October 27, 2009

Medical Expert Witness On Medical Malpractice Part 6

In Medical Malpractice Overview, medical expert witness Eugene DeBlasio writes on gross negligence:

Within the context of medical malpractice, the term "gross negligence" refers to conduct so reckless or mistaken as to render itself virtually obvious to a layman without medical training. Examples include a surgeon amputating the wrong limb or leaving a surgical instrument inside a body cavity of the patient. Some states will permit a person to establish a cause of action for medical malpractice grounded in GROSS NEGLIGENCE without the need for expert TESTIMONY. A minority of states still permit an action for "res ipsa loquitur" ("the thing speaks for itself"), meaning that such an accident or injury to the patient could not have occurred unless there was negligence by the doctor's having control over the patient.

October 26, 2009

Zoning & Land Use Expert Witness On Successfully Locating A Retail Store Part 3

In Successfully Locating A Business, zoning and land use expert witness John J. Wallace writes on a retailer's biggest challenge:

A site may work within a center -- but will it work within a community or region? Any retail business serves a particular "trade area." This is the zone in which roughly 70 to 80 percent of a store’s customers live. Its boundaries are largely determined by driving time, competition, and demographics. For example, people will drive 20 minutes or more to visit a regional mall. But they expect to travel less than 10 minutes to pick up food, hardware, dry cleaning and other convenience items. If the drive is shorter to a competitor’s store, potential customers will probably go there. As for demographics, upscale stores like to locate in upscale communities, stores that target working people like to be in blue-collar areas, and so on. It’s just that simple, isn’t it?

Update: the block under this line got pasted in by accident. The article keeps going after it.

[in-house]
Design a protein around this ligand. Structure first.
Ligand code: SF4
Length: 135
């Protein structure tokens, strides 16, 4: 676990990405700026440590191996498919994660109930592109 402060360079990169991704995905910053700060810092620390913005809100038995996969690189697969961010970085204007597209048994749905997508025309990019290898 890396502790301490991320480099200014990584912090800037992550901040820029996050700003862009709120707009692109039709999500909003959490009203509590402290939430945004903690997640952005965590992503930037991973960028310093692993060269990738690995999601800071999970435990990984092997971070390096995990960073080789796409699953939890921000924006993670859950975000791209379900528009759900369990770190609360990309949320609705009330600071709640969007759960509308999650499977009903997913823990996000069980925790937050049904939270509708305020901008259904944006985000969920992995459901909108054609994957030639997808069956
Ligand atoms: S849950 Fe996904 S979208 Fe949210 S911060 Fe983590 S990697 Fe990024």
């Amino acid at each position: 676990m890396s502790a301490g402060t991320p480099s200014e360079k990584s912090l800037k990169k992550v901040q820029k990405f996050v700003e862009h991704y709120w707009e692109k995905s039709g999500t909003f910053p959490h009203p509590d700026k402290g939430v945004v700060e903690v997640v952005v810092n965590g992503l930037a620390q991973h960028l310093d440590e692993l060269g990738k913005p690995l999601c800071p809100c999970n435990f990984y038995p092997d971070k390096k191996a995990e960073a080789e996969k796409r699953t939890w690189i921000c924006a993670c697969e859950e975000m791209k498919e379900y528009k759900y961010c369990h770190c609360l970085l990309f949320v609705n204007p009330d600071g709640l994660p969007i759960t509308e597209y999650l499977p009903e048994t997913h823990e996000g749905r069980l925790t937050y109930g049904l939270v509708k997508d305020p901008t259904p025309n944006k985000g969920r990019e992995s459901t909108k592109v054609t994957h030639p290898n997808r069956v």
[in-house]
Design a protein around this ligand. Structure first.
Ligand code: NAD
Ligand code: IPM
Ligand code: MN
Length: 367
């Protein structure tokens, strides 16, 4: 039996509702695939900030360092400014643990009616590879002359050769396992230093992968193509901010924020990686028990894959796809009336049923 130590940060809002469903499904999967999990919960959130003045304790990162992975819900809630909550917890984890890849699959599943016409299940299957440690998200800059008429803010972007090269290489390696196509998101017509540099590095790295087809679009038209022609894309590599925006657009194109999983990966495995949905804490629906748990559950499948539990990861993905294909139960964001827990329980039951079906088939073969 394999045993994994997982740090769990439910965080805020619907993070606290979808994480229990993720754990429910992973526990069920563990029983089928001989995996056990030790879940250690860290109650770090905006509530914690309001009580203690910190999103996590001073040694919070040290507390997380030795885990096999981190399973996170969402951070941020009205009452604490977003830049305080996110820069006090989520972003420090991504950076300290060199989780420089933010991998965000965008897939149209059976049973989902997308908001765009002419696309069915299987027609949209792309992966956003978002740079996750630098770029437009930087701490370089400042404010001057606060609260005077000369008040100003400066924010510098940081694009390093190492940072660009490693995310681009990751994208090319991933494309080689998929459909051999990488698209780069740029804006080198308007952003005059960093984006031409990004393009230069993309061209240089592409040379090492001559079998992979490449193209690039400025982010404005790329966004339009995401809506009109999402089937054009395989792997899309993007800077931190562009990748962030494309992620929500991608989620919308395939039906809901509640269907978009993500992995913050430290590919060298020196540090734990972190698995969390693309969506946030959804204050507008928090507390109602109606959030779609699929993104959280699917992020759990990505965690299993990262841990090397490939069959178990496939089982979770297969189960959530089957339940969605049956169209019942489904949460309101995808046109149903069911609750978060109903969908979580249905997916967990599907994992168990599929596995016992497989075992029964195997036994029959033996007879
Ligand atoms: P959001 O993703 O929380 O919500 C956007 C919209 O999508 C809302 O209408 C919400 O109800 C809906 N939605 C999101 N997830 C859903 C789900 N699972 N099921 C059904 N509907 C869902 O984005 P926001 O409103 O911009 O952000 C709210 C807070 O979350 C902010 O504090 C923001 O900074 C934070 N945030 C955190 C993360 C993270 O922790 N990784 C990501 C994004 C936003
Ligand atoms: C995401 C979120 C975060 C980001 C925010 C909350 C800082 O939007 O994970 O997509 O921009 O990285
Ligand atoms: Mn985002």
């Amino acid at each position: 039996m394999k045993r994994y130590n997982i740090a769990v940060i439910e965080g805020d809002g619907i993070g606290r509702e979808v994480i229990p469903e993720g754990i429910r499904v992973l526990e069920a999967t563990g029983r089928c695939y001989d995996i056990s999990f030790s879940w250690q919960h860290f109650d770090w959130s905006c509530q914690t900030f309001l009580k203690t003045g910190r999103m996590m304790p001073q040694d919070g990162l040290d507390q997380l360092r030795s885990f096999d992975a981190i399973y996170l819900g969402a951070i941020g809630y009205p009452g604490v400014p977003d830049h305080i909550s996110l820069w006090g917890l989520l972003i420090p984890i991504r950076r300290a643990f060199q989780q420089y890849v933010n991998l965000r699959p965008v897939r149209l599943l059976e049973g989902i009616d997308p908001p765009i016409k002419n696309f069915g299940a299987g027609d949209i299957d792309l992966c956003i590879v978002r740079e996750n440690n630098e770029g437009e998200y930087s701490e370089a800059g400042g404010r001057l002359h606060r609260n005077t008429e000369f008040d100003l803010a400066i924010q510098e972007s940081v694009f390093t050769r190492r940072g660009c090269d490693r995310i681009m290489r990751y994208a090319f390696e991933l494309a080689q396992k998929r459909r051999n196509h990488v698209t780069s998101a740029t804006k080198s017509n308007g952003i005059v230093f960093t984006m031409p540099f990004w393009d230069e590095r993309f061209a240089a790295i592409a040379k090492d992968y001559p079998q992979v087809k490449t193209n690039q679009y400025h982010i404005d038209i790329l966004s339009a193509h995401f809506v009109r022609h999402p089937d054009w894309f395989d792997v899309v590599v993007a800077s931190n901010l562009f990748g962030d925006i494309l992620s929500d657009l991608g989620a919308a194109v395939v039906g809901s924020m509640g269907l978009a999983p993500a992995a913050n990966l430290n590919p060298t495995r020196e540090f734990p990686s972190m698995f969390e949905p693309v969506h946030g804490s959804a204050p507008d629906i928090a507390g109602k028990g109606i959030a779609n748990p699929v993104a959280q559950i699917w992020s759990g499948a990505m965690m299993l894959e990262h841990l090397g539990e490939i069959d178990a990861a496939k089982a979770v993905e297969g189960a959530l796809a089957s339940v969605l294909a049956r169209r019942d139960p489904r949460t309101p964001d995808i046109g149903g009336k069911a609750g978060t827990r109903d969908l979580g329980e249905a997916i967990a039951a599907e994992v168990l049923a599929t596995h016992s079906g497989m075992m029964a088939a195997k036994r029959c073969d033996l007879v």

Unfortunately, understanding a trade area is more complicated. In most centers, the anchor tenant defines the trade area for the smaller stores. Locating near a Sears outlet, for example, gives neighboring stores access to regional shoppers with a particular demographic. Being near a Macy’s offers different possibilities. A Safeway pulls in another crowd, mostly from neighborhood residents, without much regard for demographics.